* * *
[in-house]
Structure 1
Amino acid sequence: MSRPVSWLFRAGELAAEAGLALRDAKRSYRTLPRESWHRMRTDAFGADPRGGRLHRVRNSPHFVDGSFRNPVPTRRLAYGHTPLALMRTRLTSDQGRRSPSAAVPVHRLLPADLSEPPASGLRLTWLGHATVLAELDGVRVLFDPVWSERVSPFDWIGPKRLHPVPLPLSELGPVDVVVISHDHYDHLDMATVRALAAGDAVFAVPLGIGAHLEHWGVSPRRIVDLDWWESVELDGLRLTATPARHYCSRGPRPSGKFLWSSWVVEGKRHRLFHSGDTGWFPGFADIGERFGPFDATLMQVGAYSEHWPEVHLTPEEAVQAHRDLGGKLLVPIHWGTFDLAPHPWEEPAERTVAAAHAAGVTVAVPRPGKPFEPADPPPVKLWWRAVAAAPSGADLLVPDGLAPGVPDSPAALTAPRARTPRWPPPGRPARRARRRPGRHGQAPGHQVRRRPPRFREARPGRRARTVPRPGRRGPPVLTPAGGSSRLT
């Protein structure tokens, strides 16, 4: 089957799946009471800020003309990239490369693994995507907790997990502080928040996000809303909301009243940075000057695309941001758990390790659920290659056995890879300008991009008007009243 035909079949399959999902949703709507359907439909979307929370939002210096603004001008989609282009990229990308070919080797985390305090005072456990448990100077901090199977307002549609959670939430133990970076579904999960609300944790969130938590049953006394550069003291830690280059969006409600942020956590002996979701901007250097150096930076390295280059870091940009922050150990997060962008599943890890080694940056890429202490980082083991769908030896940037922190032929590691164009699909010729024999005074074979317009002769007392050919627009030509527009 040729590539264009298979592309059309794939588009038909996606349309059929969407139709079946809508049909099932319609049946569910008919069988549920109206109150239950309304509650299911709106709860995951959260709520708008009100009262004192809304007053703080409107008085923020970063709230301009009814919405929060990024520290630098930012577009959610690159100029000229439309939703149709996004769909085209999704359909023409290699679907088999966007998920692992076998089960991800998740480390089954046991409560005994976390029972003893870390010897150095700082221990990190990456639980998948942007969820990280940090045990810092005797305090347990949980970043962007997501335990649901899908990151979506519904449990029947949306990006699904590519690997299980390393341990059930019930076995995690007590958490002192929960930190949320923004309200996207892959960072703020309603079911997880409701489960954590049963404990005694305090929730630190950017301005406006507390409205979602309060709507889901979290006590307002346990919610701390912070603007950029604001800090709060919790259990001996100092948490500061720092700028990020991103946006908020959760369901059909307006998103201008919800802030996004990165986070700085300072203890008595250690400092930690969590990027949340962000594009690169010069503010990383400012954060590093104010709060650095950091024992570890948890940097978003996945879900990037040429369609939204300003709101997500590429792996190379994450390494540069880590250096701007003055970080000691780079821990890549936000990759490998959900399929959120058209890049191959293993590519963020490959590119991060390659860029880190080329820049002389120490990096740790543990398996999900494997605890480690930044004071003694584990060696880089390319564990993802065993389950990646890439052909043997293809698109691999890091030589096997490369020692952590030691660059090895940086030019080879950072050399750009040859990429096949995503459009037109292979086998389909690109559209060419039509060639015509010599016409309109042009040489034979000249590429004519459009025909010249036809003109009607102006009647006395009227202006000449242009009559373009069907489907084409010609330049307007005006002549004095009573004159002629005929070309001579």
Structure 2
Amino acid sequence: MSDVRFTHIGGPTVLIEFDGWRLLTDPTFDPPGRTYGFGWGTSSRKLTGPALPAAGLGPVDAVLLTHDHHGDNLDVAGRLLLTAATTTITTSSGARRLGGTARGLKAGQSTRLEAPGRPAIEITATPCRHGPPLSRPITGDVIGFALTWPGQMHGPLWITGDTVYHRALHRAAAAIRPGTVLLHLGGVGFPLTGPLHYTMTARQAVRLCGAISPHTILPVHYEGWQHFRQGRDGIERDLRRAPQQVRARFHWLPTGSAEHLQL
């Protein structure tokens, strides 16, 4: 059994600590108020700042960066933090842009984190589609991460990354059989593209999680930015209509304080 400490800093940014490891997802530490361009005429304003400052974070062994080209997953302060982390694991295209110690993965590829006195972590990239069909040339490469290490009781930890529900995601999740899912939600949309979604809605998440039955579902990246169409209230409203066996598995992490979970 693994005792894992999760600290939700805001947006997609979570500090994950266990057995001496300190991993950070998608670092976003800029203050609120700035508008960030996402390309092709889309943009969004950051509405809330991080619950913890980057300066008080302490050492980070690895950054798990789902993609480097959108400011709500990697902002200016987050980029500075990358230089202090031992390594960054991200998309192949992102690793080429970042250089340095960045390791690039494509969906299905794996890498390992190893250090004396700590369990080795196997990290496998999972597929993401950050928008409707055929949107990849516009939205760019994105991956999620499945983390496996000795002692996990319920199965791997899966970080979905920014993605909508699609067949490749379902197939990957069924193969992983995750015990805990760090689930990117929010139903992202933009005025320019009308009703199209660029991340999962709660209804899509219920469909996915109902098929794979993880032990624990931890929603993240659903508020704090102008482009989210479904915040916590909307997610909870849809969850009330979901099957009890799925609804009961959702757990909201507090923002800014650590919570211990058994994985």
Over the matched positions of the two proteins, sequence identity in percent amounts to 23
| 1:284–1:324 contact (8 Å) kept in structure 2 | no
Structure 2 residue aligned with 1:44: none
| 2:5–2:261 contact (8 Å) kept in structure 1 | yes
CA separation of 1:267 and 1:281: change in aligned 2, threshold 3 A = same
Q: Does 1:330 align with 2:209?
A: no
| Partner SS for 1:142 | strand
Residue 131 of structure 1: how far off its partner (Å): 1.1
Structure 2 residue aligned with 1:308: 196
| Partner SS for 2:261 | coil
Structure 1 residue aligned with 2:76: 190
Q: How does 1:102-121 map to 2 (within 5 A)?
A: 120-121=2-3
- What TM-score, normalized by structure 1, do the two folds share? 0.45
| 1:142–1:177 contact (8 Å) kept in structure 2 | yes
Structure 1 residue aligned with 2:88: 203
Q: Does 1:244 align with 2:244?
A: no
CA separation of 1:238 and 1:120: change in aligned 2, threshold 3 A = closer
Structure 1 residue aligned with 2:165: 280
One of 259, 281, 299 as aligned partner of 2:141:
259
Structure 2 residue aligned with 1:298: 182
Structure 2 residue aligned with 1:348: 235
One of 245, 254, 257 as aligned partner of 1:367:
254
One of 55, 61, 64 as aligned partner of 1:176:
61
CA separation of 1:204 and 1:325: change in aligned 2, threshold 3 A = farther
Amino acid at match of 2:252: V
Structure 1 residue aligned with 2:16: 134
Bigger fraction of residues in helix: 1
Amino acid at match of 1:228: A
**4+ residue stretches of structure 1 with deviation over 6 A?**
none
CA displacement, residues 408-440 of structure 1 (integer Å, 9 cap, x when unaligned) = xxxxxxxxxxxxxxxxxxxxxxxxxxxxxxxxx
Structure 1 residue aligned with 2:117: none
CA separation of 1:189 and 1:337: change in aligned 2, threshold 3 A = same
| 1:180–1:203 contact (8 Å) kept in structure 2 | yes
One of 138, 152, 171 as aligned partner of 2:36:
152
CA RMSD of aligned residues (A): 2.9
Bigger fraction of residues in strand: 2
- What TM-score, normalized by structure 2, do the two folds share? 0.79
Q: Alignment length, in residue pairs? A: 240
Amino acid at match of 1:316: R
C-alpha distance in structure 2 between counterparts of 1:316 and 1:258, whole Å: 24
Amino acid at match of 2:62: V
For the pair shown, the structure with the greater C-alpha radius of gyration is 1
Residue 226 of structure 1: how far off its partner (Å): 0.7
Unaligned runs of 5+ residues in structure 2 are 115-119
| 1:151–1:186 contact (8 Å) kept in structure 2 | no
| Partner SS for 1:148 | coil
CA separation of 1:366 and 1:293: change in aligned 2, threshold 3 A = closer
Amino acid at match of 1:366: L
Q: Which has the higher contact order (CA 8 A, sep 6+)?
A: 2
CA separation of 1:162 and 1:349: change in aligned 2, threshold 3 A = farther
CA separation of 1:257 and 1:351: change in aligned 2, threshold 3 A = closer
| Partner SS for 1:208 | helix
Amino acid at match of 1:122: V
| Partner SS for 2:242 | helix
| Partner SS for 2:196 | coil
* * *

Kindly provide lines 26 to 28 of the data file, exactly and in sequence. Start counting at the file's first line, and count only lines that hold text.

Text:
A: no
CA separation of 1:238 and 1:120: change in aligned 2, threshold 3 A = closer
Structure 1 residue aligned with 2:165: 280